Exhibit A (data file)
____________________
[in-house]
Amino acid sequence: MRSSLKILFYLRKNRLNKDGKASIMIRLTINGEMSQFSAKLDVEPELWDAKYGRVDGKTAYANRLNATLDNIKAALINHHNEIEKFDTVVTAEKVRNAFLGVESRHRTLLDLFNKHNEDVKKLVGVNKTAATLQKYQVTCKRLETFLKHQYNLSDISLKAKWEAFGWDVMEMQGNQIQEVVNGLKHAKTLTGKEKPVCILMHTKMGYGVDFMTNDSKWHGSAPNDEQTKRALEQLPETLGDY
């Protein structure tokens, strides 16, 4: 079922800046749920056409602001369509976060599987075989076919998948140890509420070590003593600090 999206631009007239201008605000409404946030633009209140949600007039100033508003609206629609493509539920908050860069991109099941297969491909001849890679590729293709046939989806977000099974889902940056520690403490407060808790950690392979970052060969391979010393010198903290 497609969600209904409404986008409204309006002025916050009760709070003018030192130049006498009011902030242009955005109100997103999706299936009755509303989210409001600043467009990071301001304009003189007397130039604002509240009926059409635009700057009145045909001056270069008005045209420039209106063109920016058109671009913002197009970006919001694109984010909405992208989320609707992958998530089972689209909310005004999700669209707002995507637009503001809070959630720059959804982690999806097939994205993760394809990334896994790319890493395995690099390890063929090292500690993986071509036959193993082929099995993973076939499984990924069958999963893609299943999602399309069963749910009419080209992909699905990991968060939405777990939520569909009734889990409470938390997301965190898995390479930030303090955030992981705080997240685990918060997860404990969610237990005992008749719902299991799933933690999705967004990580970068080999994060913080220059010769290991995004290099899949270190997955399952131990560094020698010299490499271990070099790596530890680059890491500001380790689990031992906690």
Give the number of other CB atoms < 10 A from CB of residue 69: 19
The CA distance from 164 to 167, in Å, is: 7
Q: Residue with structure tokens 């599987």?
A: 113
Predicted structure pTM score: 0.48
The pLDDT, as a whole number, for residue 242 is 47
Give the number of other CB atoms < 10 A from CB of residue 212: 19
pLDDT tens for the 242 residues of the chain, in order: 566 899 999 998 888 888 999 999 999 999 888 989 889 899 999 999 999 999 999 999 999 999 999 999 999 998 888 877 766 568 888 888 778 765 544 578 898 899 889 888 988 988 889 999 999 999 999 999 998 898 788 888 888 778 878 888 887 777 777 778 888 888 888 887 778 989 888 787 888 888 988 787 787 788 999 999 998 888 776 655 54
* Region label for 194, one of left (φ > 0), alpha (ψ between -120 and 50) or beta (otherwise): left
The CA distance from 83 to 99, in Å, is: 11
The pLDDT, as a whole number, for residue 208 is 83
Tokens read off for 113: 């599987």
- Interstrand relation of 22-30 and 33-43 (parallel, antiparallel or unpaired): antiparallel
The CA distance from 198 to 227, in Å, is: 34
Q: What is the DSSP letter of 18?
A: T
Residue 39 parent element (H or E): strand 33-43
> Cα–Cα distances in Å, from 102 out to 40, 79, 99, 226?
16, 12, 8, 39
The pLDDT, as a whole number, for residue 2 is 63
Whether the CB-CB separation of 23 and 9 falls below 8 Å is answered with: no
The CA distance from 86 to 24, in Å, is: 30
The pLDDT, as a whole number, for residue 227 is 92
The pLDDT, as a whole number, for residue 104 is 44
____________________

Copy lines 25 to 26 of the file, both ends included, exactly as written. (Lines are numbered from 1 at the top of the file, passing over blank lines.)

The CA distance from 86 to 24, in Å, is: 30
The pLDDT, as a whole number, for residue 227 is 92